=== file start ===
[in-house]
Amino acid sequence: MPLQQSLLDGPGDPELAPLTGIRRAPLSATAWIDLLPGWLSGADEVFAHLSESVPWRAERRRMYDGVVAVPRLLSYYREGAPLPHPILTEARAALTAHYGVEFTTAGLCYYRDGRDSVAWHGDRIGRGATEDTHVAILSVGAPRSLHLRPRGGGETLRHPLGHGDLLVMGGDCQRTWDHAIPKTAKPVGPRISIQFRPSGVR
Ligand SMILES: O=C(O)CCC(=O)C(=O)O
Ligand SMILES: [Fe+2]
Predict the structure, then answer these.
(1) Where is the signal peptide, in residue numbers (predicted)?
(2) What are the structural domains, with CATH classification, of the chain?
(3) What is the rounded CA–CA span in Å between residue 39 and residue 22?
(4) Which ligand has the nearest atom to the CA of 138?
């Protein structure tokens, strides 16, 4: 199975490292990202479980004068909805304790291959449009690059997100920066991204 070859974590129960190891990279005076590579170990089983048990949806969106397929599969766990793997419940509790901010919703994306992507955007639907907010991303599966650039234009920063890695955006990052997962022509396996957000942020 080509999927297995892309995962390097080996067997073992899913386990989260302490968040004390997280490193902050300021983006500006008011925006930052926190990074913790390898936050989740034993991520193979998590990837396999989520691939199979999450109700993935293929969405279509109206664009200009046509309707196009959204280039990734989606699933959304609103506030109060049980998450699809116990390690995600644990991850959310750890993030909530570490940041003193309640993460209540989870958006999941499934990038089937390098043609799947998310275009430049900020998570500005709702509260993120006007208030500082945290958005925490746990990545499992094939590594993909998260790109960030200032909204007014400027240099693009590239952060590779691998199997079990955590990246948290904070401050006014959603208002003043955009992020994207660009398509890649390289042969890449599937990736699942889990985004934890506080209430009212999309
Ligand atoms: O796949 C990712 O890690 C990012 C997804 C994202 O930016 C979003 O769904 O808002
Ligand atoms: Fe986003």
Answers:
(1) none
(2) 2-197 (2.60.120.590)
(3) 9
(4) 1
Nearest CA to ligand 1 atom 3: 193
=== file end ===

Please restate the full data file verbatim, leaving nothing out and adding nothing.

[in-house]
Amino acid sequence: MPLQQSLLDGPGDPELAPLTGIRRAPLSATAWIDLLPGWLSGADEVFAHLSESVPWRAERRRMYDGVVAVPRLLSYYREGAPLPHPILTEARAALTAHYGVEFTTAGLCYYRDGRDSVAWHGDRIGRGATEDTHVAILSVGAPRSLHLRPRGGGETLRHPLGHGDLLVMGGDCQRTWDHAIPKTAKPVGPRISIQFRPSGVR
Ligand SMILES: O=C(O)CCC(=O)C(=O)O
Ligand SMILES: [Fe+2]
Predict the structure, then answer these.
(1) Where is the signal peptide, in residue numbers (predicted)?
(2) What are the structural domains, with CATH classification, of the chain?
(3) What is the rounded CA–CA span in Å between residue 39 and residue 22?
(4) Which ligand has the nearest atom to the CA of 138?
């Protein structure tokens, strides 16, 4: 199975490292990202479980004068909805304790291959449009690059997100920066991204 070859974590129960190891990279005076590579170990089983048990949806969106397929599969766990793997419940509790901010919703994306992507955007639907907010991303599966650039234009920063890695955006990052997962022509396996957000942020 080509999927297995892309995962390097080996067997073992899913386990989260302490968040004390997280490193902050300021983006500006008011925006930052926190990074913790390898936050989740034993991520193979998590990837396999989520691939199979999450109700993935293929969405279509109206664009200009046509309707196009959204280039990734989606699933959304609103506030109060049980998450699809116990390690995600644990991850959310750890993030909530570490940041003193309640993460209540989870958006999941499934990038089937390098043609799947998310275009430049900020998570500005709702509260993120006007208030500082945290958005925490746990990545499992094939590594993909998260790109960030200032909204007014400027240099693009590239952060590779691998199997079990955590990246948290904070401050006014959603208002003043955009992020994207660009398509890649390289042969890449599937990736699942889990985004934890506080209430009212999309
Ligand atoms: O796949 C990712 O890690 C990012 C997804 C994202 O930016 C979003 O769904 O808002
Ligand atoms: Fe986003």
Answers:
(1) none
(2) 2-197 (2.60.120.590)
(3) 9
(4) 1
Nearest CA to ligand 1 atom 3: 193